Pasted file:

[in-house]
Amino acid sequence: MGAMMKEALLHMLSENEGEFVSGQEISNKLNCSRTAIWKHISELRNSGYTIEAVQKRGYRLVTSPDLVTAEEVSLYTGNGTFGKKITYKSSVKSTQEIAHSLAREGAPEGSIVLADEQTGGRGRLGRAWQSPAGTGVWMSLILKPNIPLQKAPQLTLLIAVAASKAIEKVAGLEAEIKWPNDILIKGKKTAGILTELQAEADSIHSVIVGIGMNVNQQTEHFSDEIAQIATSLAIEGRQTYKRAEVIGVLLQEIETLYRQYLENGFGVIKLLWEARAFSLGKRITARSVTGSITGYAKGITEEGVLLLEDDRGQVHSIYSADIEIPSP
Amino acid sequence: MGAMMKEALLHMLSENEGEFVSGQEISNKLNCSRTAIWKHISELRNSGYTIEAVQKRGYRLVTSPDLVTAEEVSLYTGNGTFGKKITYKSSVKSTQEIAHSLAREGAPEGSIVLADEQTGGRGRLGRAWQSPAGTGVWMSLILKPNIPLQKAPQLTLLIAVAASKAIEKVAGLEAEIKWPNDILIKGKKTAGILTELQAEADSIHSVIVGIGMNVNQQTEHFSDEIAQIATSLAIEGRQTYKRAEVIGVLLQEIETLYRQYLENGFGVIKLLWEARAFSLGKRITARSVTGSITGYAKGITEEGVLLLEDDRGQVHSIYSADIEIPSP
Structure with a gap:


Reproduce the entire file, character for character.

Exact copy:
[in-house]
Amino acid sequence: MGAMMKEALLHMLSENEGEFVSGQEISNKLNCSRTAIWKHISELRNSGYTIEAVQKRGYRLVTSPDLVTAEEVSLYTGNGTFGKKITYKSSVKSTQEIAHSLAREGAPEGSIVLADEQTGGRGRLGRAWQSPAGTGVWMSLILKPNIPLQKAPQLTLLIAVAASKAIEKVAGLEAEIKWPNDILIKGKKTAGILTELQAEADSIHSVIVGIGMNVNQQTEHFSDEIAQIATSLAIEGRQTYKRAEVIGVLLQEIETLYRQYLENGFGVIKLLWEARAFSLGKRITARSVTGSITGYAKGITEEGVLLLEDDRGQVHSIYSADIEIPSP
Amino acid sequence: MGAMMKEALLHMLSENEGEFVSGQEISNKLNCSRTAIWKHISELRNSGYTIEAVQKRGYRLVTSPDLVTAEEVSLYTGNGTFGKKITYKSSVKSTQEIAHSLAREGAPEGSIVLADEQTGGRGRLGRAWQSPAGTGVWMSLILKPNIPLQKAPQLTLLIAVAASKAIEKVAGLEAEIKWPNDILIKGKKTAGILTELQAEADSIHSVIVGIGMNVNQQTEHFSDEIAQIATSLAIEGRQTYKRAEVIGVLLQEIETLYRQYLENGFGVIKLLWEARAFSLGKRITARSVTGSITGYAKGITEEGVLLLEDDRGQVHSIYSADIEIPSP
Structure with a gap: